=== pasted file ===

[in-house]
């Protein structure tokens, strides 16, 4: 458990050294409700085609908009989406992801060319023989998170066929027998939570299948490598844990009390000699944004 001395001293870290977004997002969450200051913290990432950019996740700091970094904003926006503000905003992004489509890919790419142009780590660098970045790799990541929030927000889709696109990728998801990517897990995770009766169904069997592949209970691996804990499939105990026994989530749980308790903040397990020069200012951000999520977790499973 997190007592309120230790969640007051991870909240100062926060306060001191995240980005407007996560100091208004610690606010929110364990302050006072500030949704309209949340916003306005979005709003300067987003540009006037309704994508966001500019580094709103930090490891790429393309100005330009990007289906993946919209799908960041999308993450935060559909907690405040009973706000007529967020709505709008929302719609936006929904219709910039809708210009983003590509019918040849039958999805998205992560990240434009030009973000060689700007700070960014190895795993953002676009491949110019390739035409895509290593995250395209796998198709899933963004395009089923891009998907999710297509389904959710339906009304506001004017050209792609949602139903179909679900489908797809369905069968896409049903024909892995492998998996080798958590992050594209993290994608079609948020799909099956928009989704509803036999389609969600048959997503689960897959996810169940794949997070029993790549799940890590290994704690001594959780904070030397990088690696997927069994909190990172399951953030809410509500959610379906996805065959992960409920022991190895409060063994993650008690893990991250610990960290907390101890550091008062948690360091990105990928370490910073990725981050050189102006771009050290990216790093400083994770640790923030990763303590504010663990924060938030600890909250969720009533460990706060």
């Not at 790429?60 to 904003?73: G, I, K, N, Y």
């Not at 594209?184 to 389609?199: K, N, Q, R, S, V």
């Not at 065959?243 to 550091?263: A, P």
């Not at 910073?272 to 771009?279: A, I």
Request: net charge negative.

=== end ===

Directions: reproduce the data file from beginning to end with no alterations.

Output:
[in-house]
């Protein structure tokens, strides 16, 4: 458990050294409700085609908009989406992801060319023989998170066929027998939570299948490598844990009390000699944004 001395001293870290977004997002969450200051913290990432950019996740700091970094904003926006503000905003992004489509890919790419142009780590660098970045790799990541929030927000889709696109990728998801990517897990995770009766169904069997592949209970691996804990499939105990026994989530749980308790903040397990020069200012951000999520977790499973 997190007592309120230790969640007051991870909240100062926060306060001191995240980005407007996560100091208004610690606010929110364990302050006072500030949704309209949340916003306005979005709003300067987003540009006037309704994508966001500019580094709103930090490891790429393309100005330009990007289906993946919209799908960041999308993450935060559909907690405040009973706000007529967020709505709008929302719609936006929904219709910039809708210009983003590509019918040849039958999805998205992560990240434009030009973000060689700007700070960014190895795993953002676009491949110019390739035409895509290593995250395209796998198709899933963004395009089923891009998907999710297509389904959710339906009304506001004017050209792609949602139903179909679900489908797809369905069968896409049903024909892995492998998996080798958590992050594209993290994608079609948020799909099956928009989704509803036999389609969600048959997503689960897959996810169940794949997070029993790549799940890590290994704690001594959780904070030397990088690696997927069994909190990172399951953030809410509500959610379906996805065959992960409920022991190895409060063994993650008690893990991250610990960290907390101890550091008062948690360091990105990928370490910073990725981050050189102006771009050290990216790093400083994770640790923030990763303590504010663990924060938030600890909250969720009533460990706060």
């Not at 790429?60 to 904003?73: G, I, K, N, Y």
């Not at 594209?184 to 389609?199: K, N, Q, R, S, V």
């Not at 065959?243 to 550091?263: A, P």
């Not at 910073?272 to 771009?279: A, I």
Request: net charge negative.